• Password table contains:

    • Salt value = plre

    • h(password+salt) = h(baseballplre) = FSXMXFNB


Salting the password table cont
Salting the Password Table (cont) and run them through a password

  • User enters username and password

  • The operating system combines the password and the salt and hashes the result

  • The operating system compares the result to the entry in the table

  • Match = user is assigned the corresponding uid

  • Advantages:

    • Password table does not have to be protected

    • Dictionary attacks are much harder


  • Other password cracking programs simply attempt to log on using a predefined set of user IDs and passwords.

  • This is how many dictionary‐based cracking tools, such as Brutus

    (http://securitylab.ru/_tools/brutus-aet2.zip)

    and SQLPing2 (www.sqlsecurity.com/Tools/FreeTools/tabid/65/Default.aspx), work.

  • We will cover cracking Web application and database password cracking later.

  • Passwords that are subjected to cracking tools eventually lose.

  • These tools can be used for both legitimate audits and malicious attacks.

  • You want to audit your passwords before the hackers do.


Encryption
Encryption using a predefined set of user IDs and passwords.

  • Passwords are typically encrypted when they're stored on a computer, using an encryption or one‐way hash algorithm such as DES or MD5.

  • Hashed passwords are then represented as fixed‐length encrypted strings that always represent the same passwords with exactly the same strings.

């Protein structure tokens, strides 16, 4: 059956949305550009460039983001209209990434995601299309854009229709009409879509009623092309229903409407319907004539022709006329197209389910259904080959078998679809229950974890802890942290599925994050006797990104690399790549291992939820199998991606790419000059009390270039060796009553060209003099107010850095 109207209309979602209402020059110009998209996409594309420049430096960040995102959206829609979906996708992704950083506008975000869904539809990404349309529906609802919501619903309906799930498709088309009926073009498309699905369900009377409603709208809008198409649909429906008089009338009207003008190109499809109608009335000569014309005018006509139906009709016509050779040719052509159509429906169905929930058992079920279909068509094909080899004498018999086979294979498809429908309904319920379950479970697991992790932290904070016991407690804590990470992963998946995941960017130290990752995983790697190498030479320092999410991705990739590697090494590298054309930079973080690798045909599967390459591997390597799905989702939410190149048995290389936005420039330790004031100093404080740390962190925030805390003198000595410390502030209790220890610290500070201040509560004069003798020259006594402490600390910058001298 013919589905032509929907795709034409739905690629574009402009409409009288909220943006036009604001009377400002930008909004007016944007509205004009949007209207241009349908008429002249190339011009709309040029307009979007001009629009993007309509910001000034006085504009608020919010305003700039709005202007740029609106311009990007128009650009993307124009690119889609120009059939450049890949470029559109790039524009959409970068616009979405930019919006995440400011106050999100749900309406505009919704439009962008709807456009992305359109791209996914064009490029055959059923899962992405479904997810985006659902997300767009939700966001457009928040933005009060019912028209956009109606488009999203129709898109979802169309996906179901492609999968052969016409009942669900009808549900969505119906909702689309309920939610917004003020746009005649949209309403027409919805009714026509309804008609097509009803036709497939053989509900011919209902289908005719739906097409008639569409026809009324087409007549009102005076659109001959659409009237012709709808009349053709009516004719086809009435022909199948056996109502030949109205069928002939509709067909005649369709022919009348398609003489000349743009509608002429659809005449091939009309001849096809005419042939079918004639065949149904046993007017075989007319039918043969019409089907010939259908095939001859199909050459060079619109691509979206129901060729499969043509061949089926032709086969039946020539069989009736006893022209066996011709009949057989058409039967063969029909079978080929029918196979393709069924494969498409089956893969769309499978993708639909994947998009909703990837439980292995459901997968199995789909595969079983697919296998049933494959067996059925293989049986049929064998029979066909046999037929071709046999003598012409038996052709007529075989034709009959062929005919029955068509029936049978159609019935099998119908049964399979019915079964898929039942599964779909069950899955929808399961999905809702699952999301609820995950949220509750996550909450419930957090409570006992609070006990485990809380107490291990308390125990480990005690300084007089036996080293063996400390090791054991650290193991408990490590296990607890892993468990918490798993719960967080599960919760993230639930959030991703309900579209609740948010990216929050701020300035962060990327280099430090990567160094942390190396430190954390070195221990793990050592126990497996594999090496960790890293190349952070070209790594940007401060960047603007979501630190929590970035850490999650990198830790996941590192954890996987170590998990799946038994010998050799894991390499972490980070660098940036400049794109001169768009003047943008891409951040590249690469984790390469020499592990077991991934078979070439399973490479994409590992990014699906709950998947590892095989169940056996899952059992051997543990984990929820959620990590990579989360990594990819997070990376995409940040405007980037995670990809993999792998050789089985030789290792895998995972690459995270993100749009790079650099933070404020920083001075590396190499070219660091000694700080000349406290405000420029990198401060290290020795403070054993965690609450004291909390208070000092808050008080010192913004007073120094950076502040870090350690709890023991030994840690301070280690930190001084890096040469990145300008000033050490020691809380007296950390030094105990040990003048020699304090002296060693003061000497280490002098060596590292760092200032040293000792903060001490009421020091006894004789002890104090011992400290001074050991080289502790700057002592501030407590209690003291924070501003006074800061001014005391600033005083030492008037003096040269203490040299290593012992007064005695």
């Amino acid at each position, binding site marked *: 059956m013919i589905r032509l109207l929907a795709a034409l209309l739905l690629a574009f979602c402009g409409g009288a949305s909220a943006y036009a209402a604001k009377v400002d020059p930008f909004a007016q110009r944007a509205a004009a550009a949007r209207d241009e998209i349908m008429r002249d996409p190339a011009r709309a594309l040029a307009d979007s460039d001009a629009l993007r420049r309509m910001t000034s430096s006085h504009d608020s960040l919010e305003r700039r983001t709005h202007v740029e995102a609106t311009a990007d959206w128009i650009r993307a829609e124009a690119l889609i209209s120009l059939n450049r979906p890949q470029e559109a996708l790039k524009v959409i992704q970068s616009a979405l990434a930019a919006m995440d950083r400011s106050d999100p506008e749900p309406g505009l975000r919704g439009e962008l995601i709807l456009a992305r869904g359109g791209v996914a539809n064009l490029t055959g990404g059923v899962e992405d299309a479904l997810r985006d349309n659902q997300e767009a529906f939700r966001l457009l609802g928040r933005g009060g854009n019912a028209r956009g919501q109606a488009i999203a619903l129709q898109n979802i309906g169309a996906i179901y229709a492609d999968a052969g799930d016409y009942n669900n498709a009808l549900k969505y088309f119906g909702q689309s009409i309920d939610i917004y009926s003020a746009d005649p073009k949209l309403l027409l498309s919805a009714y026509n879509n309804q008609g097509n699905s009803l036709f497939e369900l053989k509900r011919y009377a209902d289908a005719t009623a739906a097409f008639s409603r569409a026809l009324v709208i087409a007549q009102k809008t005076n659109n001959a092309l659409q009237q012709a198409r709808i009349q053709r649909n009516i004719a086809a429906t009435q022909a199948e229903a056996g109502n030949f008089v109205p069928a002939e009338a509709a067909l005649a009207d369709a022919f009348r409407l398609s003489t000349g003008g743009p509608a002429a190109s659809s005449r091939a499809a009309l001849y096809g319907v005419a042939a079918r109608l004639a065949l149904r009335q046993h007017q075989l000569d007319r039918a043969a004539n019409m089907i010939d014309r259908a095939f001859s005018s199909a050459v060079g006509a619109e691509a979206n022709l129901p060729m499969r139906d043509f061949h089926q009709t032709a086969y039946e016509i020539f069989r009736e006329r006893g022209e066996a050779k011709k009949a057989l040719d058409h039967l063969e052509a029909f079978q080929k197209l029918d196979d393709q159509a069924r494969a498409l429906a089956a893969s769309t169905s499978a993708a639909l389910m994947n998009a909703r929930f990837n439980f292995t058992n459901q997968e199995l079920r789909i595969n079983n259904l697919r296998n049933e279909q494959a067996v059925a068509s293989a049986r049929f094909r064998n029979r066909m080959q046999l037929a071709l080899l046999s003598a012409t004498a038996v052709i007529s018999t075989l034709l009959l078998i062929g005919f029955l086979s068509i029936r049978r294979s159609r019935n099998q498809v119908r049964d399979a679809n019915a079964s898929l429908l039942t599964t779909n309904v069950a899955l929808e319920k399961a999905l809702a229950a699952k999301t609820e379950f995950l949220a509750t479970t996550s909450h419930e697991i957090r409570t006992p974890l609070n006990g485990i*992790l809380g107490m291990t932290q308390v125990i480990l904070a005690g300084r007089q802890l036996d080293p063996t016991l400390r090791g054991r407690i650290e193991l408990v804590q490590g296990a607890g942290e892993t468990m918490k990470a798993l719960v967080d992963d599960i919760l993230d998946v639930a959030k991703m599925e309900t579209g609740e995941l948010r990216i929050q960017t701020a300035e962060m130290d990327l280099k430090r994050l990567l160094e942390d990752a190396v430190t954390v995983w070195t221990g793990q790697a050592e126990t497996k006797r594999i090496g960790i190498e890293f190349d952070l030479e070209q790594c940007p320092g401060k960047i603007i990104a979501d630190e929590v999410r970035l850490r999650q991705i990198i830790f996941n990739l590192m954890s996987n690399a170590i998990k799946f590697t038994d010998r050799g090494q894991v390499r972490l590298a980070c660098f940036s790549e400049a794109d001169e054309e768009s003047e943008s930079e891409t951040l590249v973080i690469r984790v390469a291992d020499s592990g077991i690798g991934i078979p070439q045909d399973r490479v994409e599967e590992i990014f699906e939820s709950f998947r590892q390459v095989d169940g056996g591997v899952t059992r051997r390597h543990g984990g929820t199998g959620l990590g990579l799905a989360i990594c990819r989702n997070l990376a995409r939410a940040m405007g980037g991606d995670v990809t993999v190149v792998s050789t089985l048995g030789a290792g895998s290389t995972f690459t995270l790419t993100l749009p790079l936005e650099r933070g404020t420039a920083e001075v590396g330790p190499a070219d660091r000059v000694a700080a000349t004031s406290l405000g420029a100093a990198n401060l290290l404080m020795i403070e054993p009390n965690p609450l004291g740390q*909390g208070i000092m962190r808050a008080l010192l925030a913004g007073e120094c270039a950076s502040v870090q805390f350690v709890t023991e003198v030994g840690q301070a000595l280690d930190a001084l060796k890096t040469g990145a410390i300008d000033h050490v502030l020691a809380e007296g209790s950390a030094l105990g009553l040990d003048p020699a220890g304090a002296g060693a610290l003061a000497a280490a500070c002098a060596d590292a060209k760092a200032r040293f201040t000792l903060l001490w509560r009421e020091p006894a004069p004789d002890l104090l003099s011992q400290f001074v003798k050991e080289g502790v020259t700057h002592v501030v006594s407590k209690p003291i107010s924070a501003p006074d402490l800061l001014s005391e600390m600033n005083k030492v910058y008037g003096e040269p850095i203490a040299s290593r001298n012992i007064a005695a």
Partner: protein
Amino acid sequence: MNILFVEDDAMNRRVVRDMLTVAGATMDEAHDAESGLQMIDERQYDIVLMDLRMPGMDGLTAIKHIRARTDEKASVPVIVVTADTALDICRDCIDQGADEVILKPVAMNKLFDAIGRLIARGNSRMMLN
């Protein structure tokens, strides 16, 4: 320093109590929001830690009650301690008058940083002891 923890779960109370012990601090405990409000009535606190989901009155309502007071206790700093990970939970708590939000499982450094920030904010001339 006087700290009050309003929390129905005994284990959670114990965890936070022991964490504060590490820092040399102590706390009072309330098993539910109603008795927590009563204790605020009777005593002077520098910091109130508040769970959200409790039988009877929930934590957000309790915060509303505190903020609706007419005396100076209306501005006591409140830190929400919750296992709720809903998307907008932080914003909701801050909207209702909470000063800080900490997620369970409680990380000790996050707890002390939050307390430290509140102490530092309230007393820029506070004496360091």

• These hashes are irreversible for all practical purposes, so, in theory, passwords can never be decrypted.


Password storage locations windows
Password Storage Locations using a predefined set of user IDs and passwords. Windows

  • These vary by operating system:

  • Windows usually stores passwords in these locations:

    • Security Accounts Manager (SAM) database (c:\winnt\system32\config)

    • Active Directory database file that's stored locally or spread across domain controllers (ntds.dit)

  • Windows sometimes stores passwords in either a backup of the SAM file in the c:\winnt\repair directory or on an emergency repair disk.

  • Some Windows applications store passwords in the Registry or as plain‐text files on the hard drive!


Password storage locations unix variants
Password Storage Locations using a predefined set of user IDs and passwords. Unix Variants

  • Linux and other UNIX variants typically store passwords in these files:

    • /etc/passwd (readable by everyone)

    • /etc/shadow (accessible by the system and the root account only)

    • /etc/security/passwd (accessible by the system and the root account only)